Interview with Taner Akçam about the Turkish policies ahead of 2015, how recognition of genocide is understood in Turkey and methods that could be followed to solve the conflict. According to Akçam, there is a deliberate effort to avoid issues such as justice and reparations.[ad id=”1838″]REPAIR: What made you study the Armenian genocide? Did you regard it as an injustice?
Taner Akçam: I started to study the Armenian genocide by chance. It might not have happened. But, if I remember, Engels coined a very nice expression in his book called “Anti-Duhring” that “Coincidences are the result of obligations”. In my case it was one of these coincidences… I started a study on the history of torture in Ottoman-Turkish history at the Hamburg Social Research Institute. I read and learned things I didn’t know about Ottoman-Turkish history. One of these things was the acts of torture and killings against the Armenians during Sultan Abdul Hamid’s rule. Then, when I read up about 1915 in German, I remember that I said “I do not know all these details, I have to learn more about them…”
Then, another coincidence happened. In 1990-1991, the Institute for which I worked started a project on the Nuremberg Trials. The Institute looked for a simple answer: “Are the Nuremberg Nazi Trials a deviation in the course of the history of humankind, or will it become a norm in the future?”. The question was: “Could government officers be held accountable individually for crimes they committed for political reasons?” We also wanted to raise the question of whether an institution like the international criminal court could be founded”. Today, this question may seem strange, but at the time the war of Yugoslavia had not broken out and there was no debate at all about international criminal courts. My project on torture in Ottoman-Turkish history was almost completed. In my readings, I learned that there were several trials held against members of the Party of Union and Progress in 1919-1922 in Istanbul and those trials were related to the Paris Peace talks. One of the discussions during the Paris Peace Talks was about the establishment of an international criminal court. Based on this piece of information, I presented a project on the Istanbul Trials and the Paris Peace Talks. My project was accepted and I began to delve into the Genocide issue.
I would like to mention another coincidence. There was a lady working at the institute’s library. She said that her mother was Armenian; the only sign of Armenian identity left in her were her eyes. She always encouraged me to study this subject and she said, “This is a very important matter and in your case it is even more important because you are conducting this study as a Turk”. At the time I was looking at the world through the eyes of an average Turkish left-leaning intellectual. I repeated those well-known interpretations such as “It was a dark period, there were clashes on both sides”. Her determination and her words of encouragement coincided with the launch of the new project by the Institute; I started studying the Armenian genocide out of academic interest.
You really worked in-depth on your subject.
I was captivated and found myself deep into the subject. Obviously, I did not know and I didn’t see that this was such a risky and politically sensitive issue. I am a man who caught the last train of the 68 generations. I handled the subject like so many averages left-leaning Turks. I held world views such as “We, the Turkish nation, fought against the great powers in an anti-imperialist war. We created our government out of thin air. Armenians, Greeks, and other minorities were collaborators of Imperialism; they were the comprador-bourgeoisie and they mainly served imperialism.” That was how I saw what happened in 1915: “Yes, there were some brutal events during World War I, people killed each other, but we, Turks waged a struggle to build our nation therefore we were in the right. The others were traitors beholden to the imperialists. All of this happened in the past there is no need to dig up the past “Therefore studying the Armenian genocide for me was all about changing our mentality or identity, who we are and how we portray ourselves, I was not aware of the political risks the issue entailed.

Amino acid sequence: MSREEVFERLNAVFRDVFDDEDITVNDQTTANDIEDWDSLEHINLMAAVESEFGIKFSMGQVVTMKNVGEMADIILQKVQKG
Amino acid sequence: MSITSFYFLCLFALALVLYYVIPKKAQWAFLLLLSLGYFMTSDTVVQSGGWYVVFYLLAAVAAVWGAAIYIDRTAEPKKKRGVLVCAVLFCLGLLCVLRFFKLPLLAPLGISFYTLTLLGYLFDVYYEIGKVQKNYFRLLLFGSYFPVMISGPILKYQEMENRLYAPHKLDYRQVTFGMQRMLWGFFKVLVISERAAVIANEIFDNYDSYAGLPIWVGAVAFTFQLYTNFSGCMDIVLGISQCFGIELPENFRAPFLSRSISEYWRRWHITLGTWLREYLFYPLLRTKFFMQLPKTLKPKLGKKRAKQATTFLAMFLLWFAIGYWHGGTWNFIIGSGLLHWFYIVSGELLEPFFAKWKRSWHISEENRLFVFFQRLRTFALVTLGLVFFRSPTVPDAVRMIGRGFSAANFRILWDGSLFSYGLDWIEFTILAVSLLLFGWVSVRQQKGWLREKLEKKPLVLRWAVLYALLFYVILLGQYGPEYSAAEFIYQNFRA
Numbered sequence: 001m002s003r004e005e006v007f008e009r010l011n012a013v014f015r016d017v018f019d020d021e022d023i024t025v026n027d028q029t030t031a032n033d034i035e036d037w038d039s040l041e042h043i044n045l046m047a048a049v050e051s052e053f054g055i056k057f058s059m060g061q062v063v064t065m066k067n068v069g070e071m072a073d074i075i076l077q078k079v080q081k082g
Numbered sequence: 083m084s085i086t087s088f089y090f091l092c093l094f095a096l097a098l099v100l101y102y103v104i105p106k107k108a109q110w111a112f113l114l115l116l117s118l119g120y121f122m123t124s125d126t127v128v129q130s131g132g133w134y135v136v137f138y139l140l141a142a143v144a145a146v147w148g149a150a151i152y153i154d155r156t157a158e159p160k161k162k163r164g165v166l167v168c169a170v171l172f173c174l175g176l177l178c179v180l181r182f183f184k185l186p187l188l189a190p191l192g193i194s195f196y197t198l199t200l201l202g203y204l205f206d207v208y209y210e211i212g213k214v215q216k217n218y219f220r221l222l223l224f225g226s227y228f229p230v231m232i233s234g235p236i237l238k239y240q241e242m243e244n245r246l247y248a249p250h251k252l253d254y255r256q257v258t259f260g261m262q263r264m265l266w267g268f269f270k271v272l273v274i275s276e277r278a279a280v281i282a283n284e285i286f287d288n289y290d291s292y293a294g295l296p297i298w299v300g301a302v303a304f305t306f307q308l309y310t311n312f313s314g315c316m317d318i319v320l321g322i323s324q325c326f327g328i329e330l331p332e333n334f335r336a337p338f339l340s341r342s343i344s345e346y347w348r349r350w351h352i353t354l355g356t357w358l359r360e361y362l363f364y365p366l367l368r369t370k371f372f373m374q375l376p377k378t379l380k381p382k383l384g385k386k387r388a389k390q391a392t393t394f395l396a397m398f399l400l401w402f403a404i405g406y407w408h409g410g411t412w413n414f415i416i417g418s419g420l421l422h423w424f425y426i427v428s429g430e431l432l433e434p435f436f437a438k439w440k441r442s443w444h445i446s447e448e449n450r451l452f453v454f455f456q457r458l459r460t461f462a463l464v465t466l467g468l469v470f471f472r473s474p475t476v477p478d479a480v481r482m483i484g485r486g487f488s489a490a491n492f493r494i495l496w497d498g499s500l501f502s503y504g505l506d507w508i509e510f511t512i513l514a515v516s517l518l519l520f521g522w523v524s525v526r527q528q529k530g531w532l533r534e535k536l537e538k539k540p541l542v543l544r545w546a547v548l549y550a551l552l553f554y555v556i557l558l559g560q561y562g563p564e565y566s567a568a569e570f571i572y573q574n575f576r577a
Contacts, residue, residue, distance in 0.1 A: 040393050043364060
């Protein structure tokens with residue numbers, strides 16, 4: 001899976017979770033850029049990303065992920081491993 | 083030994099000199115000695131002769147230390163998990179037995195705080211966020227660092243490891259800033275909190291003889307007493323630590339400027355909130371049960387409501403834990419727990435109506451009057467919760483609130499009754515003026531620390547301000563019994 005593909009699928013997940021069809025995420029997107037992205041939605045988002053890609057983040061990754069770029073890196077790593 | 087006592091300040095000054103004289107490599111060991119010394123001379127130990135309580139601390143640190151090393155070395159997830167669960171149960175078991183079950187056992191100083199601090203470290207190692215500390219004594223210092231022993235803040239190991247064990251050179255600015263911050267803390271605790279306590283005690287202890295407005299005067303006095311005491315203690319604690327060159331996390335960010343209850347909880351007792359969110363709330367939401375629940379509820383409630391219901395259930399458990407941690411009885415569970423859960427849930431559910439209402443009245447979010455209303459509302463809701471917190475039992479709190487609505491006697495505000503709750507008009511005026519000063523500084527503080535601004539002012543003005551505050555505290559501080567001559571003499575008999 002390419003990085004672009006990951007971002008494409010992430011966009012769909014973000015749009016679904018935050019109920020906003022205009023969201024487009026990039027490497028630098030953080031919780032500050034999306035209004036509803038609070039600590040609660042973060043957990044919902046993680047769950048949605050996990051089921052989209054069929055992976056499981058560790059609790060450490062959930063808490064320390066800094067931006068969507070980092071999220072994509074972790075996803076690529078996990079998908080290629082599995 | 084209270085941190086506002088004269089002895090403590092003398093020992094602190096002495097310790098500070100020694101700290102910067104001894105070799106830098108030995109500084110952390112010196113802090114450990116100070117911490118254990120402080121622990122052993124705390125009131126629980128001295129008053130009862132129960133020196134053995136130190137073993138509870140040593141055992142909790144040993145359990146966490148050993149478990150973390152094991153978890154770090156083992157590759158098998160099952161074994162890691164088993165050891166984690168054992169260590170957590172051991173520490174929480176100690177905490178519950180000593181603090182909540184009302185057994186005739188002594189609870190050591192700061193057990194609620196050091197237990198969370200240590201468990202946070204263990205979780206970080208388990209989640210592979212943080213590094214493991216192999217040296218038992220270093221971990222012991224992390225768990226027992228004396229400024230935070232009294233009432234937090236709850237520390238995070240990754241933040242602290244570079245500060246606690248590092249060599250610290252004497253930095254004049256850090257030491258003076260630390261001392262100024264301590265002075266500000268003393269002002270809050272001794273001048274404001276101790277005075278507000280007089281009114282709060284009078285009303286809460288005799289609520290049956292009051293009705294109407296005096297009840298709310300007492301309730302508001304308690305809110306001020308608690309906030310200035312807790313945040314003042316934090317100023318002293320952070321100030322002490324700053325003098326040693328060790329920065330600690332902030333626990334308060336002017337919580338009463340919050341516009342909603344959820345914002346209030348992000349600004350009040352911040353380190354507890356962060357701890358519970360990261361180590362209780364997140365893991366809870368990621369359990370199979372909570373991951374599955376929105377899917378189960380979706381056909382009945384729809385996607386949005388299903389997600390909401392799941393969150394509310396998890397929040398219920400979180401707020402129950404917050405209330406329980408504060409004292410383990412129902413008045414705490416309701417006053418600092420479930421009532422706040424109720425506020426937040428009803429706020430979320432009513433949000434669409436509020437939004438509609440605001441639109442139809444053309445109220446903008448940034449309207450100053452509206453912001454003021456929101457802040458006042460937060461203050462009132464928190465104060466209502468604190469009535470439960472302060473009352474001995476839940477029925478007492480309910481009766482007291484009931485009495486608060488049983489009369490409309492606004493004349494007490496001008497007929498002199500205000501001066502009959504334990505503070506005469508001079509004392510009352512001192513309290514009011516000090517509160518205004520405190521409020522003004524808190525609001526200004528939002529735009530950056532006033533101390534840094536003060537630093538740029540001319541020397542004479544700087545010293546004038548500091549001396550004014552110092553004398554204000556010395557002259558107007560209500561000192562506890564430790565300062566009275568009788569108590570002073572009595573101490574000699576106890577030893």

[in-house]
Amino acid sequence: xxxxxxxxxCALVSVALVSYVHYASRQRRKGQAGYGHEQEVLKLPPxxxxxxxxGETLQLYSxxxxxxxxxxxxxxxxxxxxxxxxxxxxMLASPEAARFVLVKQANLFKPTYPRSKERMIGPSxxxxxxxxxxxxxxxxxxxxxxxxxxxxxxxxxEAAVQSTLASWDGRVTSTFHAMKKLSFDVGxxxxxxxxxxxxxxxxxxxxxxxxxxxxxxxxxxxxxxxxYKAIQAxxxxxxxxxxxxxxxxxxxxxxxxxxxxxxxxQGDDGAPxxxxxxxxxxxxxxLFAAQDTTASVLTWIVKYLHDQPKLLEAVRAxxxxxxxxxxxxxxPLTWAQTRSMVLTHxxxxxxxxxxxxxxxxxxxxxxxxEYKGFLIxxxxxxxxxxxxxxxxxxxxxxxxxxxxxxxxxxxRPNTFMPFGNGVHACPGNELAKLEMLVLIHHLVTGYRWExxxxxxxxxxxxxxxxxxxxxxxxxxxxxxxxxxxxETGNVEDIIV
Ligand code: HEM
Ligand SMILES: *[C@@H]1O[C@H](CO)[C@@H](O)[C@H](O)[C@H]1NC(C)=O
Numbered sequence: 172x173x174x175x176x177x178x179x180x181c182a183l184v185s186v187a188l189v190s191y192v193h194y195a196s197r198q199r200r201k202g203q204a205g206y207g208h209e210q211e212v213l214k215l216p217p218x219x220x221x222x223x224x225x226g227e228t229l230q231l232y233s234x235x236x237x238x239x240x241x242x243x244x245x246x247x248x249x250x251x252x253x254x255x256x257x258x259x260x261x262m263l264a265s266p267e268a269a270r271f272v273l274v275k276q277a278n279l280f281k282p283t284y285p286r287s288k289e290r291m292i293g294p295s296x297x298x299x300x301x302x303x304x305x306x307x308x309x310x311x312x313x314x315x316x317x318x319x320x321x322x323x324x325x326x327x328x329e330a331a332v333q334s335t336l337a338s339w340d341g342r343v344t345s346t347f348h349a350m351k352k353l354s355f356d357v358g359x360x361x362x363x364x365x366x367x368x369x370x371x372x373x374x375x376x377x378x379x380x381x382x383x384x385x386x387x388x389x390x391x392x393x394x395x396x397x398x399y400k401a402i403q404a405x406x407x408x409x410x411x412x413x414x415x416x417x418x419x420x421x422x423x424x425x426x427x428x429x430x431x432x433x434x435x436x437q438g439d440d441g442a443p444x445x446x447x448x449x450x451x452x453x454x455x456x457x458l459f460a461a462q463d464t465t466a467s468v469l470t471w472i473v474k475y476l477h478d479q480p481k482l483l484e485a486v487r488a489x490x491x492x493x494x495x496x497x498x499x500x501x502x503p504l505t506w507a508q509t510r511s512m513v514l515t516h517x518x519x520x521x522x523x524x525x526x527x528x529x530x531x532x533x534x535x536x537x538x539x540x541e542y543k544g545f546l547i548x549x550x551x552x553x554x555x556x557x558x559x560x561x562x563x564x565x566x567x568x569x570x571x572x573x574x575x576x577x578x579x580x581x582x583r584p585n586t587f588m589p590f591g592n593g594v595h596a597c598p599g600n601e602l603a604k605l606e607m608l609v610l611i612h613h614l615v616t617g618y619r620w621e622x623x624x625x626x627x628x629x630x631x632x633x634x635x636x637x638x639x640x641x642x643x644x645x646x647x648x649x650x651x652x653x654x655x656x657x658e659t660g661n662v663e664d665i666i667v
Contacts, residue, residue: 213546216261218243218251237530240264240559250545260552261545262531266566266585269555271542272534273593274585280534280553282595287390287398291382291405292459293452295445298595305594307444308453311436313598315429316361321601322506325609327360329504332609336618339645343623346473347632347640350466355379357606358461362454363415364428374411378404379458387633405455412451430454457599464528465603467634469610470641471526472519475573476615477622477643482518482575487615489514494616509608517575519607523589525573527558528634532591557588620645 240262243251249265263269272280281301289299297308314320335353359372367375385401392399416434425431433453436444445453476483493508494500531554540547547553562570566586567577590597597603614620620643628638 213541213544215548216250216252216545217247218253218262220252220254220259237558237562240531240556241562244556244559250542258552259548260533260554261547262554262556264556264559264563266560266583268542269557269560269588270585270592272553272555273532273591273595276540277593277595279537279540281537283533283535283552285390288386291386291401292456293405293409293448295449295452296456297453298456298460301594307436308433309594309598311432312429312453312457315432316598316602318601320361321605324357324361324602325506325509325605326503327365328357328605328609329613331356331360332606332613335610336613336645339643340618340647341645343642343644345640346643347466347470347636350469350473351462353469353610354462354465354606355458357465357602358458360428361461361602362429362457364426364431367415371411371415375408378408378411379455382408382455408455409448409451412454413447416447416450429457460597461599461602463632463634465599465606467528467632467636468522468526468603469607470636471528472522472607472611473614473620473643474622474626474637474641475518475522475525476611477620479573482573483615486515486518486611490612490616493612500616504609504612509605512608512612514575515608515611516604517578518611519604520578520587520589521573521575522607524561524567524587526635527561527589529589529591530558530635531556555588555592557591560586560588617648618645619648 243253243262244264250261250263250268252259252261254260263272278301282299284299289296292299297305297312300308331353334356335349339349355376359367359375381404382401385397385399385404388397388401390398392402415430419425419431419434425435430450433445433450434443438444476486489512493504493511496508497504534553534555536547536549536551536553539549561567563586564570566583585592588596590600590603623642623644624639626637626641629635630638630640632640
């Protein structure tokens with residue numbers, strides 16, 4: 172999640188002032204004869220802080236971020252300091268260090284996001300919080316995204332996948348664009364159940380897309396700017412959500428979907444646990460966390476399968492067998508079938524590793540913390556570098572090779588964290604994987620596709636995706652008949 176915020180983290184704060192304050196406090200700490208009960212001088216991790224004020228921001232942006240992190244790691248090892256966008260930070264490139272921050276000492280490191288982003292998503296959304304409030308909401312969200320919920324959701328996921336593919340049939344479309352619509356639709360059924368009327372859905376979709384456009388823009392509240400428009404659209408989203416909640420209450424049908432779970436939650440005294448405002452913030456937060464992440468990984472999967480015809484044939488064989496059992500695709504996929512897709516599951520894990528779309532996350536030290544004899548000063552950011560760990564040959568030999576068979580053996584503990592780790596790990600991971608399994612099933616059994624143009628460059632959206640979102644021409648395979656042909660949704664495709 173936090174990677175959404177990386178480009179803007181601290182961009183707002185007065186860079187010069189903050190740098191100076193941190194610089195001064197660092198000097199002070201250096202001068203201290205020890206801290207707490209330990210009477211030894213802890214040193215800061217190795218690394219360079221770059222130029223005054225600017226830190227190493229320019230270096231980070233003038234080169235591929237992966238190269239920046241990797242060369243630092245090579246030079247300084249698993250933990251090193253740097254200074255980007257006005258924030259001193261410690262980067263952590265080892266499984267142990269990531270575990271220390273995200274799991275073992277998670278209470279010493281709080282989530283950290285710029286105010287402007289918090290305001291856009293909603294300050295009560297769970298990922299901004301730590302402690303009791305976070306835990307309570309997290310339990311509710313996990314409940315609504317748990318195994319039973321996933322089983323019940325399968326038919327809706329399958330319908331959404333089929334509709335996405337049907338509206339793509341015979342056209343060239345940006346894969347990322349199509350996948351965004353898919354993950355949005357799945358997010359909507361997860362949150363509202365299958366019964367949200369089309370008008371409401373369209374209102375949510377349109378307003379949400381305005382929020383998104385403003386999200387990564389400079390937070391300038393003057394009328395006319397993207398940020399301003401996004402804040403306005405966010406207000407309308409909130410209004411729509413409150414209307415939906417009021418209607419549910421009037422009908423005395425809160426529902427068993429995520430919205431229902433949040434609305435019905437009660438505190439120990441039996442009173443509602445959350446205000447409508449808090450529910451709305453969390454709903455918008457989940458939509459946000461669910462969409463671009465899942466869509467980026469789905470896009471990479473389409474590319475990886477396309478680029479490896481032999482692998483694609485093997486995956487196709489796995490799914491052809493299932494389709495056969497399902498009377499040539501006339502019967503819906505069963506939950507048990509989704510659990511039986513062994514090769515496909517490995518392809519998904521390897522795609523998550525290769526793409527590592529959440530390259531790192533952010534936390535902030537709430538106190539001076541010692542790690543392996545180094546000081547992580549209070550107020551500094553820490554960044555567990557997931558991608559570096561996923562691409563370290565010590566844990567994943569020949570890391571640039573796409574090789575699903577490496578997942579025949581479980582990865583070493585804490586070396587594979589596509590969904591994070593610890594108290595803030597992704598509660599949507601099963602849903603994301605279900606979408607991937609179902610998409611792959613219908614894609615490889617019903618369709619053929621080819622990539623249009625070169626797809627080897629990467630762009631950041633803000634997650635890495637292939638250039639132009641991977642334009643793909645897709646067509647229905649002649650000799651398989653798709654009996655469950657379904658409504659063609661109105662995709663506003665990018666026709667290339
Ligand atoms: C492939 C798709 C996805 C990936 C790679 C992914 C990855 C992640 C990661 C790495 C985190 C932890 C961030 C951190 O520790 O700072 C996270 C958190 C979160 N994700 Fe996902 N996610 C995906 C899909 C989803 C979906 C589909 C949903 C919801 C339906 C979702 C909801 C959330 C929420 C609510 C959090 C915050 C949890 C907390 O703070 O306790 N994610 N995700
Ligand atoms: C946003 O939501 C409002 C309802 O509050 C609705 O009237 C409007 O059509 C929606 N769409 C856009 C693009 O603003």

It is easy for me to say it today. If it hadn’t been for my leftist past I could have given up studying the Armenian genocide. In the years 68,69 and 70 you had to fulfil three criteria to be a leftist in Turkey. First you had to be prepared to be arrested and tortured. Second you were likely to be sent to prison for a long time. Third you had to be prepared to the idea of being killed in broad day light. At the time it wasn’t possible to join left wing organisations without answering yes to those three questions. At the time I said that I was prepared to run the risk of being tortured imprisoned or killed therefore I could take the risk involved in working on the Armenian question. If I hadn’t had such a past I could have given up. I have friends in academia who have.
After I started to work on that subject, the attacks from the government and nationalist and racist groups certainly scared me but they also made me angry. There were moments were I thought to myself « working on this subject is part of a political struggle and they want to destroy me. I already made my decision regarding the risks in the 70’s. If you want to attack me, go ahead ». There were periods where I was really scared because of death threats before and after Hrant Dink’s assassination.
Since Hrant Dink’s assassination I have been torn between two conflicting feelings. On the one hand I have been scared witless and on the other hand I have been extremely angry because of the murder of Hrant Dink and all the injustices.
Was your work on the Armenian genocide a way to carry on your political struggle? As it is a vitally important subject for making Turkey more democratic.
That is how I saw it at the beginning. I had written a long foreword for my first book in 1992. I focused on why we had to work on that subject and on what happened. In short I stated that the Kurdish question was the consequence of the Armenian question and that it couldn’t be solved without understanding the Armenian question. If you want to build a society that protects human rights you have to look at human rights violations that occurred in the past. To me The Armenian question was just part of bigger current political issues. It is not entirely irrelevant but this approach has serious flaws.